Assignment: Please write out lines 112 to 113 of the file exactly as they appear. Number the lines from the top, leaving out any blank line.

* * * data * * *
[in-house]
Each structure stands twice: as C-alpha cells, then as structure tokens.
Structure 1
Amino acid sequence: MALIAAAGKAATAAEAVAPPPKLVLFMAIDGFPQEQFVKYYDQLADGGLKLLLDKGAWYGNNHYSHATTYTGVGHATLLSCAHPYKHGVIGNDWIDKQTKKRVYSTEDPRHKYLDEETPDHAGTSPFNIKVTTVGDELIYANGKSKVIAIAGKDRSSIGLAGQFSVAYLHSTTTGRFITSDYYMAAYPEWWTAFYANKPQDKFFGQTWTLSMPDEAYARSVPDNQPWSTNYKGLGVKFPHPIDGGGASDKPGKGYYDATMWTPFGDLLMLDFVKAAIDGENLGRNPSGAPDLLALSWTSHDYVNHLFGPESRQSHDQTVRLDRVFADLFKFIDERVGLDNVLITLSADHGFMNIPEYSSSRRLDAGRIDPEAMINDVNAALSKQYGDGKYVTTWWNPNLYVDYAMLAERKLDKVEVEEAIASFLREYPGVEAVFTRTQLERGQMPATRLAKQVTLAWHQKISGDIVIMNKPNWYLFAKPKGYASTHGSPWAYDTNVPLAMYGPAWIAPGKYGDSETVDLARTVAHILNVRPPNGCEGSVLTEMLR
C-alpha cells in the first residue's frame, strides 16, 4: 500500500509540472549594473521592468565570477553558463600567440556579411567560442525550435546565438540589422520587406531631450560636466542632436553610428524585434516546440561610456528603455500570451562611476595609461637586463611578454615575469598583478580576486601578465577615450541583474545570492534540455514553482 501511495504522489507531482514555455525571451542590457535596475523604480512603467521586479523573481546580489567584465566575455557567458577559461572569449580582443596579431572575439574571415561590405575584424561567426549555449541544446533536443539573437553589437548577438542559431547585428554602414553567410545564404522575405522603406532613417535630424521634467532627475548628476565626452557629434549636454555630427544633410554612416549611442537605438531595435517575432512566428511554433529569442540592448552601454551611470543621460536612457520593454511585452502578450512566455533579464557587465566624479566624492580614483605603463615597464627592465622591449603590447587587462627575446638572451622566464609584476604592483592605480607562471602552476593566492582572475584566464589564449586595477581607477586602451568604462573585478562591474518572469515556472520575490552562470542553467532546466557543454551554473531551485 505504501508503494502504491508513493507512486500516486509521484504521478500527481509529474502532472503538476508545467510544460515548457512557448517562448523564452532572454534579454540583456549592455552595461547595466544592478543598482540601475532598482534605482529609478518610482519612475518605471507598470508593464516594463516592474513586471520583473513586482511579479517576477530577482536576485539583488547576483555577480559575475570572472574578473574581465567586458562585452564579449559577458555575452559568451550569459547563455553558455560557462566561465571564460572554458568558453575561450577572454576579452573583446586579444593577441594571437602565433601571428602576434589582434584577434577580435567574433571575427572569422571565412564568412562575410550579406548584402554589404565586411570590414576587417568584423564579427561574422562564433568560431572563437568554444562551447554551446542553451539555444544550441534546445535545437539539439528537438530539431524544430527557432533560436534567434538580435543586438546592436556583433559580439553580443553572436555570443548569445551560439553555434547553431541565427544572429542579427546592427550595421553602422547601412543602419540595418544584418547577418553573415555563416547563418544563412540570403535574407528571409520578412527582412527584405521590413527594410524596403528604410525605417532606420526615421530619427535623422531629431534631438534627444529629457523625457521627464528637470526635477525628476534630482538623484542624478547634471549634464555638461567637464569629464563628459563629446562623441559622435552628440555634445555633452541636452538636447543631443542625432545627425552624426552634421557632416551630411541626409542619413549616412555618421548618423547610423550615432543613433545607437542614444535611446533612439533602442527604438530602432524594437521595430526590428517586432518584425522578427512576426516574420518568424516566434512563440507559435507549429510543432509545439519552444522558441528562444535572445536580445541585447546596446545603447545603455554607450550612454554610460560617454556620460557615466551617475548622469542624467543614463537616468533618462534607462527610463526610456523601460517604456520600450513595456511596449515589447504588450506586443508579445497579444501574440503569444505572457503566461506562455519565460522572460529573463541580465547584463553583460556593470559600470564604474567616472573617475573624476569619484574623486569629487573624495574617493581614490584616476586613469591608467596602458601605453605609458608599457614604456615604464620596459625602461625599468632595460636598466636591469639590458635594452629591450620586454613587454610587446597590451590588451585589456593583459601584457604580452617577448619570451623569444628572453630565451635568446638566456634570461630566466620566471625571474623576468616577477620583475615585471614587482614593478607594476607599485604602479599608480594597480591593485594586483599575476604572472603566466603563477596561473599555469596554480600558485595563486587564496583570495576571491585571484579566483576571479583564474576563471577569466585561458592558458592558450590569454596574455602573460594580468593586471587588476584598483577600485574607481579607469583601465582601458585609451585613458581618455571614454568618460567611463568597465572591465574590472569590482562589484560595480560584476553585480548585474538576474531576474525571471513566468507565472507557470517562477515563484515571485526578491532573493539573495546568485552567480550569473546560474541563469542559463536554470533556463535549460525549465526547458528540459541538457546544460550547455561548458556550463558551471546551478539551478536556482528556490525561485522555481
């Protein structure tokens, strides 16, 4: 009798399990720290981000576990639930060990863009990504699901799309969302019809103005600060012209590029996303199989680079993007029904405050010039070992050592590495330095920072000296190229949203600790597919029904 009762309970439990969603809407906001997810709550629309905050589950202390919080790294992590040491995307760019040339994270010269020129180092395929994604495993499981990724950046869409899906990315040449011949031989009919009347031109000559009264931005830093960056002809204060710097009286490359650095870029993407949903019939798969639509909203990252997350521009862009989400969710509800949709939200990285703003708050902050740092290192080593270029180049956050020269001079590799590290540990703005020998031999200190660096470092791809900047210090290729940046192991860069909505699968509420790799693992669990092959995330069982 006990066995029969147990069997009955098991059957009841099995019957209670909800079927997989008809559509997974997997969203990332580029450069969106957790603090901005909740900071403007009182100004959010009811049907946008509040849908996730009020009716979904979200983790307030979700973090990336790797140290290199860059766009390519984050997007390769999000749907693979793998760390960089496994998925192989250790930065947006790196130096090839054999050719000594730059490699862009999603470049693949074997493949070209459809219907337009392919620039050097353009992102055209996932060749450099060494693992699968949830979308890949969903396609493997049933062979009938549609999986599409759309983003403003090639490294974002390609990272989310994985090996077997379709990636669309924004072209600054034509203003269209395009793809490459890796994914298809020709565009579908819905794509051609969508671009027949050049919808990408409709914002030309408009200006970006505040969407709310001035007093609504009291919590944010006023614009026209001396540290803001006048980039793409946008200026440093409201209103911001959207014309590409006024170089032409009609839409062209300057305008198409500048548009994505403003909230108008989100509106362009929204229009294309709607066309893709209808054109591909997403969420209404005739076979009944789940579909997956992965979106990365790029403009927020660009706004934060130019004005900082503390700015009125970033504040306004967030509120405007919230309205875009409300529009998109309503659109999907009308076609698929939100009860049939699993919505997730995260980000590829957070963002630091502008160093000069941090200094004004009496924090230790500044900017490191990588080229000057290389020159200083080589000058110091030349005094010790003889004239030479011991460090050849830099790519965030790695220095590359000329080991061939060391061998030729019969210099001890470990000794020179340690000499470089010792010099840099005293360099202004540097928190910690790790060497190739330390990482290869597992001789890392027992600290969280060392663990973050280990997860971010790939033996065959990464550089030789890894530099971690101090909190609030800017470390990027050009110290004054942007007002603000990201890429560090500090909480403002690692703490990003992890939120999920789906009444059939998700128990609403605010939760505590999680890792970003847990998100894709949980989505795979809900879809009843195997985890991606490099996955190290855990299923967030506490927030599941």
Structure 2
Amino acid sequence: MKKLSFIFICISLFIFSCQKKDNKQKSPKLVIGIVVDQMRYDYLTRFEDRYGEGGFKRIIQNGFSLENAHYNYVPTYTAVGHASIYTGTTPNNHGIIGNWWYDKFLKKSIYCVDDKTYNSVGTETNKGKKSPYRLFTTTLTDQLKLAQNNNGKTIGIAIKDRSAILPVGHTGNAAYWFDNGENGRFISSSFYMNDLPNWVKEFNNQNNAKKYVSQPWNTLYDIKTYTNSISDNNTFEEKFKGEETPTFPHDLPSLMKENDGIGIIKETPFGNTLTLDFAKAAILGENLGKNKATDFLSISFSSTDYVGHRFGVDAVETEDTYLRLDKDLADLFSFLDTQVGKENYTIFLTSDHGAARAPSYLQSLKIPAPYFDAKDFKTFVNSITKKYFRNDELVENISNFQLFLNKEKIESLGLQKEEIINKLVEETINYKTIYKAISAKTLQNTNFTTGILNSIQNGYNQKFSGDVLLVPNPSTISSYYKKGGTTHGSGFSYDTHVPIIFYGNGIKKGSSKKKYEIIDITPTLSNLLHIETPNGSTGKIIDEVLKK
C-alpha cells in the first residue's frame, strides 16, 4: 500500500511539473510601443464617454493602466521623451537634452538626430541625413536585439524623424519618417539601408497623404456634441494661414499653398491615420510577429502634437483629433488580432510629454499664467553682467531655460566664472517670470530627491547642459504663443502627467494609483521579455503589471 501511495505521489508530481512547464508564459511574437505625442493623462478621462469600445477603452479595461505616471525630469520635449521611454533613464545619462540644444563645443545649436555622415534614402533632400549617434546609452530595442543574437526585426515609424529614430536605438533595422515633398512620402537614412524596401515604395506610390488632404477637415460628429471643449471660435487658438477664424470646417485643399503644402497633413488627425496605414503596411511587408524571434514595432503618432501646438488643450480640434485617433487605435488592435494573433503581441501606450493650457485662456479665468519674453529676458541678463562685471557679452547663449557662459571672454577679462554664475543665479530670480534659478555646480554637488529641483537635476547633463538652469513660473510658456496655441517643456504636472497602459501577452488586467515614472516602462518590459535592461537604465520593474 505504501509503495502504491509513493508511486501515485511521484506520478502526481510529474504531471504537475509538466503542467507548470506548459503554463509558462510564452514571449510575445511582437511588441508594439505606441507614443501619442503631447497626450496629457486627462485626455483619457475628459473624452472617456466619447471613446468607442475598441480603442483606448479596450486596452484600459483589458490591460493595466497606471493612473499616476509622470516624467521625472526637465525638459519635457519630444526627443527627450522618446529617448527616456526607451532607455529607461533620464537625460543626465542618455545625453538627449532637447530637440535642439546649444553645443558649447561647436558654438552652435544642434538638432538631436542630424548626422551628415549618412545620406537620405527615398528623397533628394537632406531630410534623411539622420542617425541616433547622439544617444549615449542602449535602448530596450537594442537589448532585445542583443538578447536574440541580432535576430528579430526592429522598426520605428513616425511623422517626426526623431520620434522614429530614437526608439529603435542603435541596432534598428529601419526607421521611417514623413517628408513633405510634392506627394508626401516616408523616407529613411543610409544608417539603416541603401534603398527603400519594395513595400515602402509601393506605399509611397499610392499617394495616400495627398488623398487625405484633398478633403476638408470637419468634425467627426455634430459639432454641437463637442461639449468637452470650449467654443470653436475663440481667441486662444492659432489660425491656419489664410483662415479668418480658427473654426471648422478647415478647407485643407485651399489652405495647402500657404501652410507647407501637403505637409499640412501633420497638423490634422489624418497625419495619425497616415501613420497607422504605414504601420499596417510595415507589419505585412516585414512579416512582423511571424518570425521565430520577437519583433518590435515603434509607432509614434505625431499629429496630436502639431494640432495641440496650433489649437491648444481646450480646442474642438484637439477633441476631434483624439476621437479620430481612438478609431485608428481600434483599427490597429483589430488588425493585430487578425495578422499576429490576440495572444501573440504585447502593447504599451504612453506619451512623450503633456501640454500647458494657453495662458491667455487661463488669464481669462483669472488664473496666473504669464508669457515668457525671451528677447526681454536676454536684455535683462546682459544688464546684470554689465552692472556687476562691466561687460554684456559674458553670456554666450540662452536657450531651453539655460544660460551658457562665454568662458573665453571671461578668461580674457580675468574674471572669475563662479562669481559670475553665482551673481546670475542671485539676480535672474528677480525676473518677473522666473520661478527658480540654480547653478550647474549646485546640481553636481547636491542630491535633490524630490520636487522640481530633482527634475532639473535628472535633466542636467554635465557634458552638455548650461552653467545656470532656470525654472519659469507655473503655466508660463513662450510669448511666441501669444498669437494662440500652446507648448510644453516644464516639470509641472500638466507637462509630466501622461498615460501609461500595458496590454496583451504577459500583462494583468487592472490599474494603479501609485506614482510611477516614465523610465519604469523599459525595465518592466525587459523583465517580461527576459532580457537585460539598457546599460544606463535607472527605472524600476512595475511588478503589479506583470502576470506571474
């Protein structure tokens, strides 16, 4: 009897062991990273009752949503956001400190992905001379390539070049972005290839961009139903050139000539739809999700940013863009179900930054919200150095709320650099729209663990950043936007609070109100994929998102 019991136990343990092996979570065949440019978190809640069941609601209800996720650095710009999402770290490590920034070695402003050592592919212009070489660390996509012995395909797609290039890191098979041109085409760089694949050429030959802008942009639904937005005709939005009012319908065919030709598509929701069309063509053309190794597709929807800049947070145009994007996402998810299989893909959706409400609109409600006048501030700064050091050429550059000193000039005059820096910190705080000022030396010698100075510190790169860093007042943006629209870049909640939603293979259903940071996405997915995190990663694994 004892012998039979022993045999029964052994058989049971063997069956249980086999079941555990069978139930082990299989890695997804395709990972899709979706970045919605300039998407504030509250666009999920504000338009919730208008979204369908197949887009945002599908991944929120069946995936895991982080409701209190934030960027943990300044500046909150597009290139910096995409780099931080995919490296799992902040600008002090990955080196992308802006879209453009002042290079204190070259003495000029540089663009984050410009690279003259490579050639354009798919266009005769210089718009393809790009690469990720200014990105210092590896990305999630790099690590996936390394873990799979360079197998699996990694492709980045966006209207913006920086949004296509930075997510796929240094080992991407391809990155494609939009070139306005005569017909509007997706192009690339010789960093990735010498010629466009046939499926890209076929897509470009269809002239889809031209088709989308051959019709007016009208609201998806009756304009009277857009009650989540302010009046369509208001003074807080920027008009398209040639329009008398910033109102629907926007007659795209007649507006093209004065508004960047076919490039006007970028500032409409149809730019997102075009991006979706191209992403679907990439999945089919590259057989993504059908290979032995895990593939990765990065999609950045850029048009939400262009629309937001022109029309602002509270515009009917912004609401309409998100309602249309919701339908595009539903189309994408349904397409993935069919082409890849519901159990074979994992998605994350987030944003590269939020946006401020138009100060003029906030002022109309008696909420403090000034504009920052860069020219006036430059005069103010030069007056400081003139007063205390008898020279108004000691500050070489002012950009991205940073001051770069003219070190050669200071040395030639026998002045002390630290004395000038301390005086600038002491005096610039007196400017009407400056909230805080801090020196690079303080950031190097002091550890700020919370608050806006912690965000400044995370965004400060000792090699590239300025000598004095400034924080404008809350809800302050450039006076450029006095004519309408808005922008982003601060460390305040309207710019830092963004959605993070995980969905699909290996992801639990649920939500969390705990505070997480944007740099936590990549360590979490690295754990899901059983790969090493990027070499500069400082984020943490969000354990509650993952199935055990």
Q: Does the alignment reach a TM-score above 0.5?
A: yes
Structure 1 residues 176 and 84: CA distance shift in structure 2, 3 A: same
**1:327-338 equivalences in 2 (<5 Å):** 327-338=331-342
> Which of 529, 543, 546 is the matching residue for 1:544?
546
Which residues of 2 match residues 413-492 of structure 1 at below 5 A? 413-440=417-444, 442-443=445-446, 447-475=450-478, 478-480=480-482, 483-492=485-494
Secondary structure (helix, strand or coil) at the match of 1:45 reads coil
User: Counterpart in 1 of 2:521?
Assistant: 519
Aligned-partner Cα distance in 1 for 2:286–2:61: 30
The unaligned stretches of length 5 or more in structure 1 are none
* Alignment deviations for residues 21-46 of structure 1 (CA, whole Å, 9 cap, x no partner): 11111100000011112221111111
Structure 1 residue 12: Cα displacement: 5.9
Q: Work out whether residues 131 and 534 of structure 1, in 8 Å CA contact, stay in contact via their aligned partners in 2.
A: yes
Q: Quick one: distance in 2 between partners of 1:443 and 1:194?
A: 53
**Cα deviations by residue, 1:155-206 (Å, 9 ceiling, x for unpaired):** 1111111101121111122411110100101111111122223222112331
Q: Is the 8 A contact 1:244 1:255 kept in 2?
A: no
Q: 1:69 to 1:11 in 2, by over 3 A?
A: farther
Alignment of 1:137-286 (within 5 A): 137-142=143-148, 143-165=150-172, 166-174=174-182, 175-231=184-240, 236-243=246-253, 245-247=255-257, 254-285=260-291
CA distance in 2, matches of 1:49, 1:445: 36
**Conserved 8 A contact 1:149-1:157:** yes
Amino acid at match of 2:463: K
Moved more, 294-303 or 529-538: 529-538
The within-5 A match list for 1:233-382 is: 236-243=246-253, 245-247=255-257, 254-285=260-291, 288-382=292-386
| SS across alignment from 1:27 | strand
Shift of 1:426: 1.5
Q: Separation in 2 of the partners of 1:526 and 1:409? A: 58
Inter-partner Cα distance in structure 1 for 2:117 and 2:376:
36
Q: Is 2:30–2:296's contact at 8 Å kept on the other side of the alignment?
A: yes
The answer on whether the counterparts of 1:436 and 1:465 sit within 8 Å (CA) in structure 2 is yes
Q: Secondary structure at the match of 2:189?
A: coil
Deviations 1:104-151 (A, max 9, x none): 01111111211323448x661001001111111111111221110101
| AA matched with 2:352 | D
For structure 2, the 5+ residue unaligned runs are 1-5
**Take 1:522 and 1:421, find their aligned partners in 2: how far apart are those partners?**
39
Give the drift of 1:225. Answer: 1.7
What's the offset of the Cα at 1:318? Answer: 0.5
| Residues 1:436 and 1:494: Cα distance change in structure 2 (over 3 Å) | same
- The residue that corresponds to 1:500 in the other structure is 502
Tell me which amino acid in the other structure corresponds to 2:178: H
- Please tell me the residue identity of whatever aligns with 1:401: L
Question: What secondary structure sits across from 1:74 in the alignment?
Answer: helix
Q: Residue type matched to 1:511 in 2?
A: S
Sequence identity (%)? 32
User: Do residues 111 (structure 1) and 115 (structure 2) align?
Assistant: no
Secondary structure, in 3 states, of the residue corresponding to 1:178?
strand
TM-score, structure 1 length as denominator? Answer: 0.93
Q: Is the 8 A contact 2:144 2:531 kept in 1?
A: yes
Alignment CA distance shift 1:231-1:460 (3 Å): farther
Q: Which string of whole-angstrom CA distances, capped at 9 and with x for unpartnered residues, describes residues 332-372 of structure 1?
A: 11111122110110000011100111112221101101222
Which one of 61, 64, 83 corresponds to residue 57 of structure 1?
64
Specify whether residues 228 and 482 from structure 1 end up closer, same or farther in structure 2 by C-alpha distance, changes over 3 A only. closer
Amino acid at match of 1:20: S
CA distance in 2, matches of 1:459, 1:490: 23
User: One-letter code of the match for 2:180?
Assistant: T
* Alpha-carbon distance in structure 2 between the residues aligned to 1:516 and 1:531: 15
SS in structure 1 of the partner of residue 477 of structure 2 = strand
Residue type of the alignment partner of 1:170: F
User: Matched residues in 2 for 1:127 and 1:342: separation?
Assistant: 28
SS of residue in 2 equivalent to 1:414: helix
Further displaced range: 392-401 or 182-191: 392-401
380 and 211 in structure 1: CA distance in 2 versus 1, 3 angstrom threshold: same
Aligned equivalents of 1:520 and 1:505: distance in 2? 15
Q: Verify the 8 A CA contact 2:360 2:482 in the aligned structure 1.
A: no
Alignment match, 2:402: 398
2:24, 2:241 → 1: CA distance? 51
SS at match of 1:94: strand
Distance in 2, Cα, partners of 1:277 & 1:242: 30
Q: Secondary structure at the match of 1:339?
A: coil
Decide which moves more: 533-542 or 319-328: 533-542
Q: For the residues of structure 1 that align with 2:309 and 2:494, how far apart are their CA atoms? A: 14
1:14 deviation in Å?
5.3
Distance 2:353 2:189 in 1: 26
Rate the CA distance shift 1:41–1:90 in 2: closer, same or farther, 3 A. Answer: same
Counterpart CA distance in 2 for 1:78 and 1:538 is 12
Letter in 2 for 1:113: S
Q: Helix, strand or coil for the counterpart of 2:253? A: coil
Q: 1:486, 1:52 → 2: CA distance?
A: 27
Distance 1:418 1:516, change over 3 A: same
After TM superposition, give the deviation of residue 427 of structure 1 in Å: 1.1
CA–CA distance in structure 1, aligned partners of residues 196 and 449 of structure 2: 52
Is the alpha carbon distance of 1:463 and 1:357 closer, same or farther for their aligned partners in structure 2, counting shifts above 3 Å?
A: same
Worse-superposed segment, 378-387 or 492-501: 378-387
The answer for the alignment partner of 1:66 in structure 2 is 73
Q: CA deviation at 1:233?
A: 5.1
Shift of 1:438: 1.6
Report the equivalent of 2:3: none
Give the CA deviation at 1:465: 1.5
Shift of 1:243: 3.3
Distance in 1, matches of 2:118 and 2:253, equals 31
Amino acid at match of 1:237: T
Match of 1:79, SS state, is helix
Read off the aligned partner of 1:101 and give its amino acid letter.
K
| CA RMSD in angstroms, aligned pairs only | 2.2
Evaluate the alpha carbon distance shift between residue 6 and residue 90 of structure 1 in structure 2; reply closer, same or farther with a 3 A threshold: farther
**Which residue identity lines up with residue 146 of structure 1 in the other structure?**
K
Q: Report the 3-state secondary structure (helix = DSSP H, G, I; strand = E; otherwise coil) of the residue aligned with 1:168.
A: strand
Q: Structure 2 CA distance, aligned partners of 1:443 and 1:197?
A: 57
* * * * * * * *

After TM superposition, give the deviation of residue 427 of structure 1 in Å: 1.1
CA–CA distance in structure 1, aligned partners of residues 196 and 449 of structure 2: 52